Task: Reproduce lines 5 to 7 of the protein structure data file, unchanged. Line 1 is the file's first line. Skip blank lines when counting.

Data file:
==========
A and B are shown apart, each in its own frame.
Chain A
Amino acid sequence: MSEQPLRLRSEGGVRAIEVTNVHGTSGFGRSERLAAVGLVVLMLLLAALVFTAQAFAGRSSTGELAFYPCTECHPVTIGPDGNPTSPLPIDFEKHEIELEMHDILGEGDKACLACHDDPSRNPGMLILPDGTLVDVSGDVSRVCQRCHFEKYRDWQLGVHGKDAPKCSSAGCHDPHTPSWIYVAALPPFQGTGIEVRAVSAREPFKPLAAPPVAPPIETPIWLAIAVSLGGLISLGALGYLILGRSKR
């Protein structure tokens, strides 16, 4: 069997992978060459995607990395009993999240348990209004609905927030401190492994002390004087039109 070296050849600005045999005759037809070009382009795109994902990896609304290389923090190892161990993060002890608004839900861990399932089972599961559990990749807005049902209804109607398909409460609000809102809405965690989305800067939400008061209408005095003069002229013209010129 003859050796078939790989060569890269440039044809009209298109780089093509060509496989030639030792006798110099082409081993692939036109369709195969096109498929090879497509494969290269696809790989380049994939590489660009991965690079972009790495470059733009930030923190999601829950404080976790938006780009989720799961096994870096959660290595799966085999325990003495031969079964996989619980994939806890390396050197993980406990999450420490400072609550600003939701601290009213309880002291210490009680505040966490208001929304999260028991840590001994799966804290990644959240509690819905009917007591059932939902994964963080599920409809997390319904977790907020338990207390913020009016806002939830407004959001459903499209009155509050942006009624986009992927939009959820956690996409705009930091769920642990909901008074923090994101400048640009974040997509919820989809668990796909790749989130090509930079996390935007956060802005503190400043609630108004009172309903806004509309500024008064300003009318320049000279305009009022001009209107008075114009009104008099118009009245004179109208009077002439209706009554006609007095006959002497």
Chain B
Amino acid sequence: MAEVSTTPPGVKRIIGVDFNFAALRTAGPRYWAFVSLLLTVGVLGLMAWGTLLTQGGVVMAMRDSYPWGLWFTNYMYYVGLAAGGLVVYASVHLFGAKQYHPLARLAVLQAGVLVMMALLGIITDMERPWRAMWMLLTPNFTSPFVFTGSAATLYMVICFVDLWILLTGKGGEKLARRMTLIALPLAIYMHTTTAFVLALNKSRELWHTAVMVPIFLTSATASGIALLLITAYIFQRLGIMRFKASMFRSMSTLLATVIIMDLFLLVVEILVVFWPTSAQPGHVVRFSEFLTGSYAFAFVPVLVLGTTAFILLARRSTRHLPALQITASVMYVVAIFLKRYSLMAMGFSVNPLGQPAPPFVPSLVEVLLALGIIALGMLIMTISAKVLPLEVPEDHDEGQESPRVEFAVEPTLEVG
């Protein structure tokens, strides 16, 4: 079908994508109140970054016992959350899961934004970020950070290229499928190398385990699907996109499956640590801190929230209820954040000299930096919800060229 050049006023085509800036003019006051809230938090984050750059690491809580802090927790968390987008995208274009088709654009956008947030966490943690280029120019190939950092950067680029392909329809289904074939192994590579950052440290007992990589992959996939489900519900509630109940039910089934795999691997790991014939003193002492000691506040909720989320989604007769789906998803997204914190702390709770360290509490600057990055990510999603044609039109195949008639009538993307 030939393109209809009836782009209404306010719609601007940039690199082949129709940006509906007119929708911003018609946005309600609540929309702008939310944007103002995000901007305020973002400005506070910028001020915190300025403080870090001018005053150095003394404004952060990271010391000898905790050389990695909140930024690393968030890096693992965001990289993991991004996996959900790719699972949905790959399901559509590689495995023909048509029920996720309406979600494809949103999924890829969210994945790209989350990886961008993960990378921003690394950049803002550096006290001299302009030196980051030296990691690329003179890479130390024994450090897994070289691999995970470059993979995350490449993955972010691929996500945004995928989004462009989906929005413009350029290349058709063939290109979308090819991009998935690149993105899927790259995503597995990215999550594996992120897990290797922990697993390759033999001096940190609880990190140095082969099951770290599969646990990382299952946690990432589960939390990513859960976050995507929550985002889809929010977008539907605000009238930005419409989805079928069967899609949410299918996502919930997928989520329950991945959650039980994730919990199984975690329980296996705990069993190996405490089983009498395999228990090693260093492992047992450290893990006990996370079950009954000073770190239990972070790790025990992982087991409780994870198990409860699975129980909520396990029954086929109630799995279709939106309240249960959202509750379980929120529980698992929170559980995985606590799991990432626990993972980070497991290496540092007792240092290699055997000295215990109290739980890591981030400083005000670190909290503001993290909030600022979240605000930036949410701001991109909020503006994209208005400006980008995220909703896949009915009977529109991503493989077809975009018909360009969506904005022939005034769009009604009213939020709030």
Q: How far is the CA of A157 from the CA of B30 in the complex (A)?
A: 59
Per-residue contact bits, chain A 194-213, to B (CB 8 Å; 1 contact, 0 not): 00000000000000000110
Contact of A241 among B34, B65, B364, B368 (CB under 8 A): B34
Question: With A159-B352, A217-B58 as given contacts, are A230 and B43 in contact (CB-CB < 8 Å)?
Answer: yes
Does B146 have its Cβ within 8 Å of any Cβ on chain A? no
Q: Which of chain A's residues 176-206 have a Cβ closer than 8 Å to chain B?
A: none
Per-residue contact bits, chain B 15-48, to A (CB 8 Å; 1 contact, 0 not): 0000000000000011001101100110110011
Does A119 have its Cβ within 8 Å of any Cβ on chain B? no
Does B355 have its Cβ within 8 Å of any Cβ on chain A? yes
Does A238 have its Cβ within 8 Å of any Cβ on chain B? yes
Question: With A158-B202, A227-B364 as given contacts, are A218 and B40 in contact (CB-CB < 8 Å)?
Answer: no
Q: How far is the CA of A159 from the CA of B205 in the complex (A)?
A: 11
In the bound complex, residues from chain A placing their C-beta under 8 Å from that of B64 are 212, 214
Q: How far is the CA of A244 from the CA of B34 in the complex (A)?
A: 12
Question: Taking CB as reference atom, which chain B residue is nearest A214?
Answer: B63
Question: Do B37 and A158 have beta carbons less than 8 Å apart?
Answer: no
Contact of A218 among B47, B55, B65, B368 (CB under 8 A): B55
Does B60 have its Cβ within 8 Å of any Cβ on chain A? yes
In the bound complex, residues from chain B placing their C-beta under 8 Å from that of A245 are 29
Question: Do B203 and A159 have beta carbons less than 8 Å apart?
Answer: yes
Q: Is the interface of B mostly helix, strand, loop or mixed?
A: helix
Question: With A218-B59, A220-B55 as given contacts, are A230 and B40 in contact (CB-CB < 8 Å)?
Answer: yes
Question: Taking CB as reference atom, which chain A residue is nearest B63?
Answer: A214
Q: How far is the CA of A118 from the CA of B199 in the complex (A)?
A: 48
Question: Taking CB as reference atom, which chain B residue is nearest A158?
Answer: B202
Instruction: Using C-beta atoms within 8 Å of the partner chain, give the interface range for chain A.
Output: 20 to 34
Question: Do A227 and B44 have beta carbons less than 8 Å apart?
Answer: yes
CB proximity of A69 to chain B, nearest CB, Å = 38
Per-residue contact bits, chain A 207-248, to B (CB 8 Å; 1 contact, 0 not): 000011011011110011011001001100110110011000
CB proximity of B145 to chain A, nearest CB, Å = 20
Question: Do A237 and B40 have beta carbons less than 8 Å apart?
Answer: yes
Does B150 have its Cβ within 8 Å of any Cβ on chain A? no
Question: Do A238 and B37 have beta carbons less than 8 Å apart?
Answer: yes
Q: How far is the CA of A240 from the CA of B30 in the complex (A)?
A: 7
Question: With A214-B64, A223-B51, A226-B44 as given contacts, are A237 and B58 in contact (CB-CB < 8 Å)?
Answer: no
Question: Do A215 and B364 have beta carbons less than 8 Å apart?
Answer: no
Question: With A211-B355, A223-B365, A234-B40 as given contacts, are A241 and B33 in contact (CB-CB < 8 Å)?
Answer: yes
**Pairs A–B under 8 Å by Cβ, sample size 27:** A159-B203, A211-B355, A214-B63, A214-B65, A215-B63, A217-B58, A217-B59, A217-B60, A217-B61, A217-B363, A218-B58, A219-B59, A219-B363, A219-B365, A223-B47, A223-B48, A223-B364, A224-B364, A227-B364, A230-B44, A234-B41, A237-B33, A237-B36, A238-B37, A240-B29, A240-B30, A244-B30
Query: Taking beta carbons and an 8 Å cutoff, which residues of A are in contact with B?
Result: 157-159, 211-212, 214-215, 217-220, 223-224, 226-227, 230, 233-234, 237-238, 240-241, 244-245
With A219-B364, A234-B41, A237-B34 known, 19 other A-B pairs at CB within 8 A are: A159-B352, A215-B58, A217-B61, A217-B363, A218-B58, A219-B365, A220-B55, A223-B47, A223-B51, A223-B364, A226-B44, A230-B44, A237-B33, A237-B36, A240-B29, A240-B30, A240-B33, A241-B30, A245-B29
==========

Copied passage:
Chain B
Amino acid sequence: MAEVSTTPPGVKRIIGVDFNFAALRTAGPRYWAFVSLLLTVGVLGLMAWGTLLTQGGVVMAMRDSYPWGLWFTNYMYYVGLAAGGLVVYASVHLFGAKQYHPLARLAVLQAGVLVMMALLGIITDMERPWRAMWMLLTPNFTSPFVFTGSAATLYMVICFVDLWILLTGKGGEKLARRMTLIALPLAIYMHTTTAFVLALNKSRELWHTAVMVPIFLTSATASGIALLLITAYIFQRLGIMRFKASMFRSMSTLLATVIIMDLFLLVVEILVVFWPTSAQPGHVVRFSEFLTGSYAFAFVPVLVLGTTAFILLARRSTRHLPALQITASVMYVVAIFLKRYSLMAMGFSVNPLGQPAPPFVPSLVEVLLALGIIALGMLIMTISAKVLPLEVPEDHDEGQESPRVEFAVEPTLEVG
């Protein structure tokens, strides 16, 4: 079908994508109140970054016992959350899961934004970020950070290229499928190398385990699907996109499956640590801190929230209820954040000299930096919800060229 050049006023085509800036003019006051809230938090984050750059690491809580802090927790968390987008995208274009088709654009956008947030966490943690280029120019190939950092950067680029392909329809289904074939192994590579950052440290007992990589992959996939489900519900509630109940039910089934795999691997790991014939003193002492000691506040909720989320989604007769789906998803997204914190702390709770360290509490600057990055990510999603044609039109195949008639009538993307 030939393109209809009836782009209404306010719609601007940039690199082949129709940006509906007119929708911003018609946005309600609540929309702008939310944007103002995000901007305020973002400005506070910028001020915190300025403080870090001018005053150095003394404004952060990271010391000898905790050389990695909140930024690393968030890096693992965001990289993991991004996996959900790719699972949905790959399901559509590689495995023909048509029920996720309406979600494809949103999924890829969210994945790209989350990886961008993960990378921003690394950049803002550096006290001299302009030196980051030296990691690329003179890479130390024994450090897994070289691999995970470059993979995350490449993955972010691929996500945004995928989004462009989906929005413009350029290349058709063939290109979308090819991009998935690149993105899927790259995503597995990215999550594996992120897990290797922990697993390759033999001096940190609880990190140095082969099951770290599969646990990382299952946690990432589960939390990513859960976050995507929550985002889809929010977008539907605000009238930005419409989805079928069967899609949410299918996502919930997928989520329950991945959650039980994730919990199984975690329980296996705990069993190996405490089983009498395999228990090693260093492992047992450290893990006990996370079950009954000073770190239990972070790790025990992982087991409780994870198990409860699975129980909520396990029954086929109630799995279709939106309240249960959202509750379980929120529980698992929170559980995985606590799991990432626990993972980070497991290496540092007792240092290699055997000295215990109290739980890591981030400083005000670190909290503001993290909030600022979240605000930036949410701001991109909020503006994209208005400006980008995220909703896949009915009977529109991503493989077809975009018909360009969506904005022939005034769009009604009213939020709030």